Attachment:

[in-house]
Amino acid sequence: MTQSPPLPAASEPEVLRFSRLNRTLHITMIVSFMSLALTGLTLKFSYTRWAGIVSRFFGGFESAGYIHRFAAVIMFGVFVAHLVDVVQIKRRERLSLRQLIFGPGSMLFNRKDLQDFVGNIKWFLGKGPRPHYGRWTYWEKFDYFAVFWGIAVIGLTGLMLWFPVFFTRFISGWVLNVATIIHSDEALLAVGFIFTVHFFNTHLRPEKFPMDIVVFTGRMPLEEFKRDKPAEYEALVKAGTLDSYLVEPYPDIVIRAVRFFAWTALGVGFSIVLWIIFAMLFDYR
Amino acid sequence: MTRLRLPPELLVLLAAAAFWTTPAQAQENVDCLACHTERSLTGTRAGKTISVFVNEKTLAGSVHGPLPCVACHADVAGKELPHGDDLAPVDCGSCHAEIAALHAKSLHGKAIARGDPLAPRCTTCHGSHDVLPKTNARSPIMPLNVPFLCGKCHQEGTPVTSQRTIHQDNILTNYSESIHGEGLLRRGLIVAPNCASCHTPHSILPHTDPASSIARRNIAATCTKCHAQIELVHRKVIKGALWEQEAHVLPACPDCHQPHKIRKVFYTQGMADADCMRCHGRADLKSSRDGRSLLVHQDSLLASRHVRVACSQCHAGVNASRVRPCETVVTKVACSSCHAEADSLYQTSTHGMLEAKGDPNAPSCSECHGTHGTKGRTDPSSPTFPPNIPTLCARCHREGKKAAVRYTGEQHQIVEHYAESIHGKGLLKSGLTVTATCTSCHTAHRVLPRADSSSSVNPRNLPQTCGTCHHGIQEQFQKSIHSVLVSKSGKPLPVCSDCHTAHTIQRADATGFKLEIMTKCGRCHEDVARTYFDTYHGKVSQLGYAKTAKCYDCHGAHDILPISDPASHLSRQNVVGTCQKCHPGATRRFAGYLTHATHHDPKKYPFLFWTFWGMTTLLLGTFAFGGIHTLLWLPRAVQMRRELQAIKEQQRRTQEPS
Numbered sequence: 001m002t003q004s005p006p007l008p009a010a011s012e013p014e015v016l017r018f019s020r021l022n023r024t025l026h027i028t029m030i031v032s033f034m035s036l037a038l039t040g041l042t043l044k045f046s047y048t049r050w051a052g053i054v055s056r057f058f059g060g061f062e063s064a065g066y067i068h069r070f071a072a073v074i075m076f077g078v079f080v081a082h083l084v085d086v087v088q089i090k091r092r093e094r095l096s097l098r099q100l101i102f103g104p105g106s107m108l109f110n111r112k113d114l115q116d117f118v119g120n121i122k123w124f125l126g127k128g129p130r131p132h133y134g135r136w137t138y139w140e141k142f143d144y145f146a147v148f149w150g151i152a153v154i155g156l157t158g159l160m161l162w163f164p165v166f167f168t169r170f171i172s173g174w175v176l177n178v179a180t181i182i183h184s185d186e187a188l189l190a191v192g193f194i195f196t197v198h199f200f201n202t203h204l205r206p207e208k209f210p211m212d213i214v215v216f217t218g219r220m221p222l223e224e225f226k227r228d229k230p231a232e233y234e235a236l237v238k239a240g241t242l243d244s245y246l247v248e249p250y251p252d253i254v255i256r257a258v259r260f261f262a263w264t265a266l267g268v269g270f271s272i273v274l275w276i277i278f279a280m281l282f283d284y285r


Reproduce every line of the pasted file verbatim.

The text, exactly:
[in-house]
Amino acid sequence: MTQSPPLPAASEPEVLRFSRLNRTLHITMIVSFMSLALTGLTLKFSYTRWAGIVSRFFGGFESAGYIHRFAAVIMFGVFVAHLVDVVQIKRRERLSLRQLIFGPGSMLFNRKDLQDFVGNIKWFLGKGPRPHYGRWTYWEKFDYFAVFWGIAVIGLTGLMLWFPVFFTRFISGWVLNVATIIHSDEALLAVGFIFTVHFFNTHLRPEKFPMDIVVFTGRMPLEEFKRDKPAEYEALVKAGTLDSYLVEPYPDIVIRAVRFFAWTALGVGFSIVLWIIFAMLFDYR
Amino acid sequence: MTRLRLPPELLVLLAAAAFWTTPAQAQENVDCLACHTERSLTGTRAGKTISVFVNEKTLAGSVHGPLPCVACHADVAGKELPHGDDLAPVDCGSCHAEIAALHAKSLHGKAIARGDPLAPRCTTCHGSHDVLPKTNARSPIMPLNVPFLCGKCHQEGTPVTSQRTIHQDNILTNYSESIHGEGLLRRGLIVAPNCASCHTPHSILPHTDPASSIARRNIAATCTKCHAQIELVHRKVIKGALWEQEAHVLPACPDCHQPHKIRKVFYTQGMADADCMRCHGRADLKSSRDGRSLLVHQDSLLASRHVRVACSQCHAGVNASRVRPCETVVTKVACSSCHAEADSLYQTSTHGMLEAKGDPNAPSCSECHGTHGTKGRTDPSSPTFPPNIPTLCARCHREGKKAAVRYTGEQHQIVEHYAESIHGKGLLKSGLTVTATCTSCHTAHRVLPRADSSSSVNPRNLPQTCGTCHHGIQEQFQKSIHSVLVSKSGKPLPVCSDCHTAHTIQRADATGFKLEIMTKCGRCHEDVARTYFDTYHGKVSQLGYAKTAKCYDCHGAHDILPISDPASHLSRQNVVGTCQKCHPGATRRFAGYLTHATHHDPKKYPFLFWTFWGMTTLLLGTFAFGGIHTLLWLPRAVQMRRELQAIKEQQRRTQEPS
Numbered sequence: 001m002t003q004s005p006p007l008p009a010a011s012e013p014e015v016l017r018f019s020r021l022n023r024t025l026h027i028t029m030i031v032s033f034m035s036l037a038l039t040g041l042t043l044k045f046s047y048t049r050w051a052g053i054v055s056r057f058f059g060g061f062e063s064a065g066y067i068h069r070f071a072a073v074i075m076f077g078v079f080v081a082h083l084v085d086v087v088q089i090k091r092r093e094r095l096s097l098r099q100l101i102f103g104p105g106s107m108l109f110n111r112k113d114l115q116d117f118v119g120n121i122k123w124f125l126g127k128g129p130r131p132h133y134g135r136w137t138y139w140e141k142f143d144y145f146a147v148f149w150g151i152a153v154i155g156l157t158g159l160m161l162w163f164p165v166f167f168t169r170f171i172s173g174w175v176l177n178v179a180t181i182i183h184s185d186e187a188l189l190a191v192g193f194i195f196t197v198h199f200f201n202t203h204l205r206p207e208k209f210p211m212d213i214v215v216f217t218g219r220m221p222l223e224e225f226k227r228d229k230p231a232e233y234e235a236l237v238k239a240g241t242l243d244s245y246l247v248e249p250y251p252d253i254v255i256r257a258v259r260f261f262a263w264t265a266l267g268v269g270f271s272i273v274l275w276i277i278f279a280m281l282f283d284y285r